FMCSA Declares Georgia Truck Driver to be an Imminent Hazard to Public Safety

Oct 30, 2015, 15:00 ET from Federal Motor Carrier Safety Administration

WASHINGTON, Oct. 30, 2015 /PRNewswire-USNewswire/ -- The U.S. Department of Transportation's Federal Motor Carrier Safety Administration (FMCSA) has declared Georgia-licensed truck driver Matthew Jason Boozer to be an imminent hazard to public safety and has ordered him not to operate any commercial motor vehicle in interstate commerce. 

An FMCSA investigation revealed that Boozer is medically unqualified to operate a commercial motor vehicle in interstate commerce and that he had falsified the medical history section of a recent truck driving job application to conceal a disqualifying medical diagnosis. 

On July 6, 2015, while driving a commercial vehicle on Georgia State Route 11, Boozer suffered a medical problem, resulting in his truck crossing both lanes of traffic and crashing through a fence before colliding into a parked vehicle.

Following the crash, Boozer was sent by his employer to a physician who declared him to be medically unqualified; Boozer was subsequently terminated from his employment as a truck driver.

On July 7, 2015, Boozer, in a truck driving job application submitted to a different employer, falsified the medical history section to conceal the medical disqualification issued the previous day, which referenced a 2011 disqualifying medical diagnosis.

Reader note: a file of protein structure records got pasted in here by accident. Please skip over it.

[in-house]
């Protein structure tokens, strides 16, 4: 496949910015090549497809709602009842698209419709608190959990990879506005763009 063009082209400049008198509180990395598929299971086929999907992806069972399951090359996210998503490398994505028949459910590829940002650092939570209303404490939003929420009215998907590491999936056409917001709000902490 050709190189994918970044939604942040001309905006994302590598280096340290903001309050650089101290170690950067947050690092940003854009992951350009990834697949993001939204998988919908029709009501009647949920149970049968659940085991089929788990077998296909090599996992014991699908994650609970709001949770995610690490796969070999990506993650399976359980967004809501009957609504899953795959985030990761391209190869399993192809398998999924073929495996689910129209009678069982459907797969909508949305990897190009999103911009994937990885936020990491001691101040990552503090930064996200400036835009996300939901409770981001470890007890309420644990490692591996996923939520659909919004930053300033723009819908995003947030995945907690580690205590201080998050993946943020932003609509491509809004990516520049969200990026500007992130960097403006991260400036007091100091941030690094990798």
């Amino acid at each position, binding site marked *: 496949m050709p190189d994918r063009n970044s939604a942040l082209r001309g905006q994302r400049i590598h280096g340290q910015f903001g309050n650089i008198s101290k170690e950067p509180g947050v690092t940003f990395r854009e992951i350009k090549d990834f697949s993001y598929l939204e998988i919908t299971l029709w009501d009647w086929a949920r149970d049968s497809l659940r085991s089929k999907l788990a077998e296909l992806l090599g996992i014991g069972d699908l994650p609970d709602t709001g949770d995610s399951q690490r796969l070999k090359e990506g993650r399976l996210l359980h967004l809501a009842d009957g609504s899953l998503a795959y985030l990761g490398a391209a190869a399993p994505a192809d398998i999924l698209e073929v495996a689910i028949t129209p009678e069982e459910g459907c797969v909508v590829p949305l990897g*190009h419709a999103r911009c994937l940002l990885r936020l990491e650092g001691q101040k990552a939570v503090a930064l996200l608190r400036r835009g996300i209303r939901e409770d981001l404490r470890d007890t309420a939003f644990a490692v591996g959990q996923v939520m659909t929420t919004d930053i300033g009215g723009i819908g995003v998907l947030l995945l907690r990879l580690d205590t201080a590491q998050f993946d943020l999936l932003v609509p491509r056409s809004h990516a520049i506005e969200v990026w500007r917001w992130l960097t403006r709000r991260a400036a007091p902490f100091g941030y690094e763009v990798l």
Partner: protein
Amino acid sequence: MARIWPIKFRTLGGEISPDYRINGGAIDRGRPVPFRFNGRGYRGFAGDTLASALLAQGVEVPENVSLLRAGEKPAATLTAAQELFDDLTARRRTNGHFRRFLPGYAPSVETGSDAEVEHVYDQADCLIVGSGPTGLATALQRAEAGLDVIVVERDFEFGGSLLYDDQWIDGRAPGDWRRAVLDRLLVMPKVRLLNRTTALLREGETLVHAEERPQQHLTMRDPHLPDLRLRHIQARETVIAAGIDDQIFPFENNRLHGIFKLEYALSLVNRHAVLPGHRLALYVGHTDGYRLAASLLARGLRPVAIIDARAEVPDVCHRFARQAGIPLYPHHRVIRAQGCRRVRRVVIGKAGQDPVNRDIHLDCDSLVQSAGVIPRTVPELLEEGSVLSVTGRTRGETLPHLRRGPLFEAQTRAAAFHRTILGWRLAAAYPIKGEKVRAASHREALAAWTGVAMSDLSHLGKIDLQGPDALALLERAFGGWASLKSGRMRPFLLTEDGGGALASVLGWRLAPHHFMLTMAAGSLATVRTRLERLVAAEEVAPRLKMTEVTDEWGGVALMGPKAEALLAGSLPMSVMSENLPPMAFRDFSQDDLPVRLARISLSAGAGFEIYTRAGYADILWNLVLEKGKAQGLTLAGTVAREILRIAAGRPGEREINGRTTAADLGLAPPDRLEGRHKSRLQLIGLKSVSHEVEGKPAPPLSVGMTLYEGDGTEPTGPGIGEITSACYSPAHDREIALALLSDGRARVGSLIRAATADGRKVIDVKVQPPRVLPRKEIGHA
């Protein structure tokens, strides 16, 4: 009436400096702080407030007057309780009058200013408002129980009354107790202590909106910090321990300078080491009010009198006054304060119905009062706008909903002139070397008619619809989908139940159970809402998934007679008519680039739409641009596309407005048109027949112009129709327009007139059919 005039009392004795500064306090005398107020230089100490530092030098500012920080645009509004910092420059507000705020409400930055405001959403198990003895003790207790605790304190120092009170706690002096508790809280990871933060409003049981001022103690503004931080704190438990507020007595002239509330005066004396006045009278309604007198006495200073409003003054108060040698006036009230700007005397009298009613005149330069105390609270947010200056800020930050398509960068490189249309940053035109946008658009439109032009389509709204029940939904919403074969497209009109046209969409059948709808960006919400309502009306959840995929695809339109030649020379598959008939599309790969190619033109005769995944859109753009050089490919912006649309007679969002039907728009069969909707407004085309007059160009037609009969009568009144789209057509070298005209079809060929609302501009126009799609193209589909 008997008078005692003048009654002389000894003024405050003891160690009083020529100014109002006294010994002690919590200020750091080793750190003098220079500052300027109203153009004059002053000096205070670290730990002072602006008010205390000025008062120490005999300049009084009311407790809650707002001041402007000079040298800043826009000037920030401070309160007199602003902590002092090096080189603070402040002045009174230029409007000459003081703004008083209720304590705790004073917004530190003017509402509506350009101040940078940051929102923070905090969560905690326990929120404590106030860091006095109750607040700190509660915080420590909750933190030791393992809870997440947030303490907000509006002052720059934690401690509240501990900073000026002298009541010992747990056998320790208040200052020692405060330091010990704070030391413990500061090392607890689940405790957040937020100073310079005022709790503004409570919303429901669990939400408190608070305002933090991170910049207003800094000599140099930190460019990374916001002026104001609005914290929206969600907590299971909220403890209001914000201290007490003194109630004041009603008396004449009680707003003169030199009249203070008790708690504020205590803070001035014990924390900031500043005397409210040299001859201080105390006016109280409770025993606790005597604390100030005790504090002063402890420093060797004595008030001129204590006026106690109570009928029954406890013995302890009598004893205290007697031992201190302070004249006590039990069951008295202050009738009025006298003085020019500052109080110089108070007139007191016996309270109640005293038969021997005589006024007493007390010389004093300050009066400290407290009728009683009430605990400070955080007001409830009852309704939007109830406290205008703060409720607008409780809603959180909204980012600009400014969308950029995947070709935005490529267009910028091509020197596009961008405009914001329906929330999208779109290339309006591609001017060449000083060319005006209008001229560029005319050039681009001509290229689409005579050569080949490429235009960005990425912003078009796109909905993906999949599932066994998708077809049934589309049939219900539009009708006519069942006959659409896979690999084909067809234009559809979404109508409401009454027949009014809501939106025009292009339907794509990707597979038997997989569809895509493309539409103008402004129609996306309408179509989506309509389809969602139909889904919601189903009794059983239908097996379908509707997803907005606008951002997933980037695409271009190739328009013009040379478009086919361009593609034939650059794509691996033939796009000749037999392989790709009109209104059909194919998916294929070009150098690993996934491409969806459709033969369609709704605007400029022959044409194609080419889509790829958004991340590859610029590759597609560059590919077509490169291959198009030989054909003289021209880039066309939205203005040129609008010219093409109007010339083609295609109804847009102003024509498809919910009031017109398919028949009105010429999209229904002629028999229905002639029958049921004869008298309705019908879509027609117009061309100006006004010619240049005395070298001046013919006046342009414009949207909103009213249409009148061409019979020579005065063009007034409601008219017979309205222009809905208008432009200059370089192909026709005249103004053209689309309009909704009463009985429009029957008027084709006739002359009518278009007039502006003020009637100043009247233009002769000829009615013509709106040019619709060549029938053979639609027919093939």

Boozer was subsequently hired on the basis of his fraudulent job application and drove trucks for his new employer through September 17, 2015, when his employer became aware of his July 6, 2015 crash and his disqualifying medical condition.

Violating an imminent hazard out-of-service order by a CDL holder may result in civil penalties of up to $2,500 and disqualification from operating a commercial vehicle for not less than 180 days for a first offense.  A second offense may result in civil penalties of up to $5,000 and disqualification from operating a commercial vehicle for not less than two years.  Failure to comply with the provisions of the imminent hazard out-of-service order may also result in criminal charges brought by the U.S. Attorney's Office.

 

SOURCE Federal Motor Carrier Safety Administration



RELATED LINKS

http://www.fmcsa.dot.gov